While I walked early this morning to look for ideas to write about, I was not aware a stray dog followed me. Usually I brought along a bag of snacks, often lightly fried peanuts, while I munched and mulled at the same time. I guessed the animal hoped that I dropped him some, thus the silent but overt stalking.
When I reached the front end of my unscheduled trip, a few meters from the shallow river, I decided to turn back and head for home. The dark clouds warned of an impending shower so since I did not bring a jacket, I was vulnerable to a sure drenching. I was not baiting any virus to get a hold on to my system. As we say here, “It”s forbidden to get ill.” (Hospitalization costs an arm and a leg, so to speak.)
The dog kept me company till we met a tied carabao blocking our path. I was used to getting around the gentle beast, not disturbing its stationary pose. At that moment, it stared at us without emotion. Problem was the dog had other ideas which I was literally not consulted upon.
Barking. The language was unknown to me but I simply guessed the dog wanted the carabao to move away and let us pass. The carabao held its ground, immobile: he was definitely larger so bullying him would need a larger or fiercer counterpart, say an elephant or a lion.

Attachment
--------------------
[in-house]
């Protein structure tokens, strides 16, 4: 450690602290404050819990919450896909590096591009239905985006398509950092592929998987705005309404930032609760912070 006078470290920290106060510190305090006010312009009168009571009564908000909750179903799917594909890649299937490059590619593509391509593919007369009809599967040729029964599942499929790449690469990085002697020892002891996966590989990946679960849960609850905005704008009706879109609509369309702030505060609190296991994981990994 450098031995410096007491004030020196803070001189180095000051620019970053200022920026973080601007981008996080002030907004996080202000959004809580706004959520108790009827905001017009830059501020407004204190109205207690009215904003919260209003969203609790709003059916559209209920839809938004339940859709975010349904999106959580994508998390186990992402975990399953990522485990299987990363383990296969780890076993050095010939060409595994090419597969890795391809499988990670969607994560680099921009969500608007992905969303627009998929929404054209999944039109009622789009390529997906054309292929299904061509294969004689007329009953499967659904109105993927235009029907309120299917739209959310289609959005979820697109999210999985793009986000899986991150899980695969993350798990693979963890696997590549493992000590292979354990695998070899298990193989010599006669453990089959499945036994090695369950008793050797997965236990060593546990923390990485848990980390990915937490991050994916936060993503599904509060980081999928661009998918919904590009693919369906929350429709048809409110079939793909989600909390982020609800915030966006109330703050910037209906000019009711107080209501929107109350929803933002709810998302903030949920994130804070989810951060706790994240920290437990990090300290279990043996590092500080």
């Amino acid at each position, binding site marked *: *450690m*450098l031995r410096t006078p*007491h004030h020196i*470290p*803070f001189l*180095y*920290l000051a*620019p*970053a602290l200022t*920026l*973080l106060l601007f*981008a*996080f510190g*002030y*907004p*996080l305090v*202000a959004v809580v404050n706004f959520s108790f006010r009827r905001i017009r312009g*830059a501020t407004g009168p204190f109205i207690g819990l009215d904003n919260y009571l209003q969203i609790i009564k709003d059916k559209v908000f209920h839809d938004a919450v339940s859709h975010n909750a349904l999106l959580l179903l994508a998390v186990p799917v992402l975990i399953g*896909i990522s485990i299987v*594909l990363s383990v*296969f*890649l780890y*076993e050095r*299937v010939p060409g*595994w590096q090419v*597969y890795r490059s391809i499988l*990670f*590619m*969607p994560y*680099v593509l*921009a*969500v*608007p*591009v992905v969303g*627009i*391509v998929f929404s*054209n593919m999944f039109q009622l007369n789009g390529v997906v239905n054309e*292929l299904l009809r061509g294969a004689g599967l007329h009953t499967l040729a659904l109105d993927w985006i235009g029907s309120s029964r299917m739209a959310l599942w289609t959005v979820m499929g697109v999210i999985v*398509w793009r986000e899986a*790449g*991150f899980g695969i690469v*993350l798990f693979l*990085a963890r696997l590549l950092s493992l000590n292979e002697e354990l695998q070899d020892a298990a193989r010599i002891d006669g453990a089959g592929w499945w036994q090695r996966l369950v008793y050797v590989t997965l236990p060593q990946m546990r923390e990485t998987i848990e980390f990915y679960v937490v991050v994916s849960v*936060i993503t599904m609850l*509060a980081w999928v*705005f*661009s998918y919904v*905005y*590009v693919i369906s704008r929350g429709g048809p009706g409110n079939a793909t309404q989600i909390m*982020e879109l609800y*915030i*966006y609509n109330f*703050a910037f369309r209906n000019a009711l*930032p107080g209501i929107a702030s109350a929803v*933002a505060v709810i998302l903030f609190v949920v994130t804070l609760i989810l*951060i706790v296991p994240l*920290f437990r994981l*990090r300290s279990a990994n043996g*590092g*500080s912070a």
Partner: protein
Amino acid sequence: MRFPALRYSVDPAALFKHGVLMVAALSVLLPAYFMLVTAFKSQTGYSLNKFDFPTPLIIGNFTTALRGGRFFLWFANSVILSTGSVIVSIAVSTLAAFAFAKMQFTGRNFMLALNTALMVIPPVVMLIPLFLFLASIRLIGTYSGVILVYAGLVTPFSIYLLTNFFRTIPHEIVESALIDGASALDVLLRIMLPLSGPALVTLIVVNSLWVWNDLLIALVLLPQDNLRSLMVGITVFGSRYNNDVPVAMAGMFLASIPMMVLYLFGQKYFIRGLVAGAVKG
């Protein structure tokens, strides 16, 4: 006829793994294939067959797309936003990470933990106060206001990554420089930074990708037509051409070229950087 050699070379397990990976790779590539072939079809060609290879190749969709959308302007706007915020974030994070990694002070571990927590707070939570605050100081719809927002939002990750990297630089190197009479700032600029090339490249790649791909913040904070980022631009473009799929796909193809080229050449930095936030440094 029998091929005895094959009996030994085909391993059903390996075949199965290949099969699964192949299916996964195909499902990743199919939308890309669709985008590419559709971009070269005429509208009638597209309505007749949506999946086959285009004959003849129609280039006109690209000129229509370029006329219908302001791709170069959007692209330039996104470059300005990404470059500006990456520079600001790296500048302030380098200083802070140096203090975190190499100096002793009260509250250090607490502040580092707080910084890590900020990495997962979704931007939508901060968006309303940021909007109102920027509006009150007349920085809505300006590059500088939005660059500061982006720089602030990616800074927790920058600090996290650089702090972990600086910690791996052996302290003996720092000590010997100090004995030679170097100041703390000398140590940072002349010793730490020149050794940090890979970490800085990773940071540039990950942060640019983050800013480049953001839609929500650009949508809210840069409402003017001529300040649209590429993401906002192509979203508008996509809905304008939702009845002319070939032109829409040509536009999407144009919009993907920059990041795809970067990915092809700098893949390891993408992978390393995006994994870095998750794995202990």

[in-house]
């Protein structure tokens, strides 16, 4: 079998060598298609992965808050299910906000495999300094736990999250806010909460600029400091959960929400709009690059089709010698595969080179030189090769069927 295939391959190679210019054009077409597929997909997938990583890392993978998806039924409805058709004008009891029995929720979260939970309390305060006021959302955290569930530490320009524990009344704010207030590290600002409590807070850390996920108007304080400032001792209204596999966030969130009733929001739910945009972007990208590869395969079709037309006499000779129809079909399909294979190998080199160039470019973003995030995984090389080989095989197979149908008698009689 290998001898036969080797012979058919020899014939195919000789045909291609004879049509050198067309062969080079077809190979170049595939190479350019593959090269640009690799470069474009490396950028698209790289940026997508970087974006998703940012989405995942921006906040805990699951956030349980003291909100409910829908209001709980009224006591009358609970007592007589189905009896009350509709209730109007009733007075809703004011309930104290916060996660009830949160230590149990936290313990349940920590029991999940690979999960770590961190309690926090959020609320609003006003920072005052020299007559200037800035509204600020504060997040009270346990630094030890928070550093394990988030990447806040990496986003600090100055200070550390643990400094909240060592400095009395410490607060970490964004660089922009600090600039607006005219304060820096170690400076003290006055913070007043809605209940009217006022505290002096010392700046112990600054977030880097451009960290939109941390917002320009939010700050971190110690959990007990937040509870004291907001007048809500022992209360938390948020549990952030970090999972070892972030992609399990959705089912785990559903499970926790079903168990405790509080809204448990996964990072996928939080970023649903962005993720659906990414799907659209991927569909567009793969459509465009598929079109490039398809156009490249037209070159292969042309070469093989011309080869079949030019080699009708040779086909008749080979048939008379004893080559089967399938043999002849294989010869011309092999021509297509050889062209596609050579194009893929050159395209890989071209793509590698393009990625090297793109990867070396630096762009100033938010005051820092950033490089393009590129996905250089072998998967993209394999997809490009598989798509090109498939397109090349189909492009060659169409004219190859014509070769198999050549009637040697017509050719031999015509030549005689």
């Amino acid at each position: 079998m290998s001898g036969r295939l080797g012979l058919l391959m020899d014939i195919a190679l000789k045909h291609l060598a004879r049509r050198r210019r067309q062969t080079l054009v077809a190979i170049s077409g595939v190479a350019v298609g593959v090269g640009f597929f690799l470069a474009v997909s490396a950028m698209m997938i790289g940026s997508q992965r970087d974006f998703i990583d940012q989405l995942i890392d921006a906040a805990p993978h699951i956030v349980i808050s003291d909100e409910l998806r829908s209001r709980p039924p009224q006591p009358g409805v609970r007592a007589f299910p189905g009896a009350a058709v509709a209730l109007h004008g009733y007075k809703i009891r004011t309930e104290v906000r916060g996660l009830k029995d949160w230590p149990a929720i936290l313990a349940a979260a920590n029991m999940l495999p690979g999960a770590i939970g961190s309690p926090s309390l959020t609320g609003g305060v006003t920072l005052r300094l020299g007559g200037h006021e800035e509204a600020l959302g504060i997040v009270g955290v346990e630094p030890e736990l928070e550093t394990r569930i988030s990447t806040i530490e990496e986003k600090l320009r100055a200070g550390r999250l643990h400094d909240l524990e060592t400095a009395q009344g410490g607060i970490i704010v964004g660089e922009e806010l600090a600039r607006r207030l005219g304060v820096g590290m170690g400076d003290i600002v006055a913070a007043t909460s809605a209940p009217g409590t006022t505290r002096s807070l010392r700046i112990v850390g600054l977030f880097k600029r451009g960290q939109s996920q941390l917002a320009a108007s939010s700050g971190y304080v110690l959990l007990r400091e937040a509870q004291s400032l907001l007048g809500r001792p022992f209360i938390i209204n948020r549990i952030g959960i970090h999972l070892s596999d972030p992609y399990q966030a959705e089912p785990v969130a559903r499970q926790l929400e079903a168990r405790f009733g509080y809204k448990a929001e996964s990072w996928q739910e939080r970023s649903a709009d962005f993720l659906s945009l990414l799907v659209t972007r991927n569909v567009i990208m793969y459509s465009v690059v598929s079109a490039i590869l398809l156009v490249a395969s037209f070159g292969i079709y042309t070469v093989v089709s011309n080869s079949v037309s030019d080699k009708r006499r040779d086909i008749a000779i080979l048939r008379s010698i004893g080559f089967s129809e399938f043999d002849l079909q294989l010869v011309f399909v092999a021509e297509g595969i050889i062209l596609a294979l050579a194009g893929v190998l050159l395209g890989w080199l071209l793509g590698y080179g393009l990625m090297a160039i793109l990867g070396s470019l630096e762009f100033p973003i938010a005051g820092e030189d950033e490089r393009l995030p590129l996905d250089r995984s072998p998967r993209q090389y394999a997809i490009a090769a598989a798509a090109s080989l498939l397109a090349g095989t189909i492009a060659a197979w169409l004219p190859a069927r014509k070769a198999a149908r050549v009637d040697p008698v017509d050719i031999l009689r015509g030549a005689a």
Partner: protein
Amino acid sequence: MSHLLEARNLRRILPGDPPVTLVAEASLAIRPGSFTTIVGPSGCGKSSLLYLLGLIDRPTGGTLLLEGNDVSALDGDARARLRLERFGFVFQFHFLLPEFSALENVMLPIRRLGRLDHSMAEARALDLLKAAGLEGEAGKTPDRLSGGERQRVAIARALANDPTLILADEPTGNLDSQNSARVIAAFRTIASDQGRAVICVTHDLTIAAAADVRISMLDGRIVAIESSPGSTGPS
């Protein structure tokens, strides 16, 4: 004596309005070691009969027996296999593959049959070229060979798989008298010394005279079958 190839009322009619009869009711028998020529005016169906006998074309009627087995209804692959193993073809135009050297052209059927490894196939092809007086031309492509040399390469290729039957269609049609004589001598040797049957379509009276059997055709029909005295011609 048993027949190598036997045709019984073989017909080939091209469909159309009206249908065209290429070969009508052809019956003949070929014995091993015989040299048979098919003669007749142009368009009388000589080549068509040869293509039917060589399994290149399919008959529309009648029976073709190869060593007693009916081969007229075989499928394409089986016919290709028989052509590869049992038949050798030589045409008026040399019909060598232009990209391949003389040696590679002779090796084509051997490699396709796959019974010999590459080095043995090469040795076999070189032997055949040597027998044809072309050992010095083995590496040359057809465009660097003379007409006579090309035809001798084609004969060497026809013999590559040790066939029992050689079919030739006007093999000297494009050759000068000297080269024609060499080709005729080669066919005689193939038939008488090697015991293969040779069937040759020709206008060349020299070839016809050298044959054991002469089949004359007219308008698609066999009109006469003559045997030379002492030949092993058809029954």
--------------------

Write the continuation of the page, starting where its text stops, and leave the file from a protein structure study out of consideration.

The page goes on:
The dog kept barking, taunting its foe, running forward and then retreating, repeating the motions several times. Still, the carabao would not budge.
I wanted to pass behind the carabao and let them argue their case between them. Besides, if fables were to be believed as true, they would not have problems discussing issues.
I walked slowly, approaching the beast of burden carefully. I did not want it startled: it possessed two long and sharp hooked horns. I was not taking chances.
Probably irked by the dog’s continuous nagging, the carabao changed stance, an aggressive one: head bowed slightly, ready to gore anything on its path.
It started to rain, then heavy clouds decided to unleash everything in one go. All things dry outside were not anymore, including me. I was glad I left my cheap cellular phone at home.
The standoff remained. I felt like a curious spectator, eager to discover who would win the battle of nerves. But, looking at the odds, I bet the dog would prevail.
In one swift motion of its head, the carabao scared the dog, running away with its tail between its legs. I was left motionless for minutes, waiting for the carabao to cool off its temper: I was grateful it was raining.
Okay, I was wrong. I often wished the underdog (pun unintended) would create something of a miracle to defeat a larger opponent. In some instances, this could be true.
In reality though, what happens is not always what we wished for.